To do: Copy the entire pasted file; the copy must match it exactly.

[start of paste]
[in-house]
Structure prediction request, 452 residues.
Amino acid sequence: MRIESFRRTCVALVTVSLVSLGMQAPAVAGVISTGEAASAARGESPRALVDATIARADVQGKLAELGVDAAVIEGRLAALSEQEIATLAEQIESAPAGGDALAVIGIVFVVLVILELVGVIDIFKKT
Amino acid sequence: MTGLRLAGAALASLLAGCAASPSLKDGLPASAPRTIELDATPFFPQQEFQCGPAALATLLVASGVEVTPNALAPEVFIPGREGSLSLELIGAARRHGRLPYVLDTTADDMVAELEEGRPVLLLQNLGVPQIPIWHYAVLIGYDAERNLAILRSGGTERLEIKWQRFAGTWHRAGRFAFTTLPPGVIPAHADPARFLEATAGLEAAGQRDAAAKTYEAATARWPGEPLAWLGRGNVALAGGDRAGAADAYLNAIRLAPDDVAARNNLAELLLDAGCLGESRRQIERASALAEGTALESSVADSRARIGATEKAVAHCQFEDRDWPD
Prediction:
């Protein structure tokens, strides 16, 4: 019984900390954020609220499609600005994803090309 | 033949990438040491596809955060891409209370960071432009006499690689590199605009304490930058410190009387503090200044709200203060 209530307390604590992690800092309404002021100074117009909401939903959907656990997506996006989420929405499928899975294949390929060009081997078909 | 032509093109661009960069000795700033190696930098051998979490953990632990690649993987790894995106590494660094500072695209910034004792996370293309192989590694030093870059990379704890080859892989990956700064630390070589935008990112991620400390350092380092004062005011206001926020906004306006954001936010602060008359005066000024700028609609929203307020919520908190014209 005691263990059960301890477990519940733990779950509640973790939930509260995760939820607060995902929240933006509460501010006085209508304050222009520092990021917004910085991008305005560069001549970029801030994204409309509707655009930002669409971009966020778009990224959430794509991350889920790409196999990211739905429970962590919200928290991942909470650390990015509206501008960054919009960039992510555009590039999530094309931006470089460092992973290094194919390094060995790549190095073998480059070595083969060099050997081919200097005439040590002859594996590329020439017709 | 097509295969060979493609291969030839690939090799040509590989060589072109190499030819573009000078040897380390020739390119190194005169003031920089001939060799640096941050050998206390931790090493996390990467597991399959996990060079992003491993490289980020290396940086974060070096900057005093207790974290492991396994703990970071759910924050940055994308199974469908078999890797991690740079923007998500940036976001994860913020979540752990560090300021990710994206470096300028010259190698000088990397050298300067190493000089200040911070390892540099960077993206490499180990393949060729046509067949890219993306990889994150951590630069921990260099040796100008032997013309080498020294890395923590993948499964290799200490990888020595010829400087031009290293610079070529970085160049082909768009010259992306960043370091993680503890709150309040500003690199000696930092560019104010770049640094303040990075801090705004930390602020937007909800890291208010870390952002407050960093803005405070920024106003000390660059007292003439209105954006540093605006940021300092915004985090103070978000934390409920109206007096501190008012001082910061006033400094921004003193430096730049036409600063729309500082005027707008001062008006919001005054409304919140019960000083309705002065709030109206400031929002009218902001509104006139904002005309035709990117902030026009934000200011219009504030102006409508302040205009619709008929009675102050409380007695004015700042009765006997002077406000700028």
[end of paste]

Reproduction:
[in-house]
Structure prediction request, 452 residues.
Amino acid sequence: MRIESFRRTCVALVTVSLVSLGMQAPAVAGVISTGEAASAARGESPRALVDATIARADVQGKLAELGVDAAVIEGRLAALSEQEIATLAEQIESAPAGGDALAVIGIVFVVLVILELVGVIDIFKKT
Amino acid sequence: MTGLRLAGAALASLLAGCAASPSLKDGLPASAPRTIELDATPFFPQQEFQCGPAALATLLVASGVEVTPNALAPEVFIPGREGSLSLELIGAARRHGRLPYVLDTTADDMVAELEEGRPVLLLQNLGVPQIPIWHYAVLIGYDAERNLAILRSGGTERLEIKWQRFAGTWHRAGRFAFTTLPPGVIPAHADPARFLEATAGLEAAGQRDAAAKTYEAATARWPGEPLAWLGRGNVALAGGDRAGAADAYLNAIRLAPDDVAARNNLAELLLDAGCLGESRRQIERASALAEGTALESSVADSRARIGATEKAVAHCQFEDRDWPD
Prediction:
């Protein structure tokens, strides 16, 4: 019984900390954020609220499609600005994803090309 | 033949990438040491596809955060891409209370960071432009006499690689590199605009304490930058410190009387503090200044709200203060 209530307390604590992690800092309404002021100074117009909401939903959907656990997506996006989420929405499928899975294949390929060009081997078909 | 032509093109661009960069000795700033190696930098051998979490953990632990690649993987790894995106590494660094500072695209910034004792996370293309192989590694030093870059990379704890080859892989990956700064630390070589935008990112991620400390350092380092004062005011206001926020906004306006954001936010602060008359005066000024700028609609929203307020919520908190014209 005691263990059960301890477990519940733990779950509640973790939930509260995760939820607060995902929240933006509460501010006085209508304050222009520092990021917004910085991008305005560069001549970029801030994204409309509707655009930002669409971009966020778009990224959430794509991350889920790409196999990211739905429970962590919200928290991942909470650390990015509206501008960054919009960039992510555009590039999530094309931006470089460092992973290094194919390094060995790549190095073998480059070595083969060099050997081919200097005439040590002859594996590329020439017709 | 097509295969060979493609291969030839690939090799040509590989060589072109190499030819573009000078040897380390020739390119190194005169003031920089001939060799640096941050050998206390931790090493996390990467597991399959996990060079992003491993490289980020290396940086974060070096900057005093207790974290492991396994703990970071759910924050940055994308199974469908078999890797991690740079923007998500940036976001994860913020979540752990560090300021990710994206470096300028010259190698000088990397050298300067190493000089200040911070390892540099960077993206490499180990393949060729046509067949890219993306990889994150951590630069921990260099040796100008032997013309080498020294890395923590993948499964290799200490990888020595010829400087031009290293610079070529970085160049082909768009010259992306960043370091993680503890709150309040500003690199000696930092560019104010770049640094303040990075801090705004930390602020937007909800890291208010870390952002407050960093803005405070920024106003000390660059007292003439209105954006540093605006940021300092915004985090103070978000934390409920109206007096501190008012001082910061006033400094921004003193430096730049036409600063729309500082005027707008001062008006919001005054409304919140019960000083309705002065709030109206400031929002009218902001509104006139904002005309035709990117902030026009934000200011219009504030102006409508302040205009619709008929009675102050409380007695004015700042009765006997002077406000700028």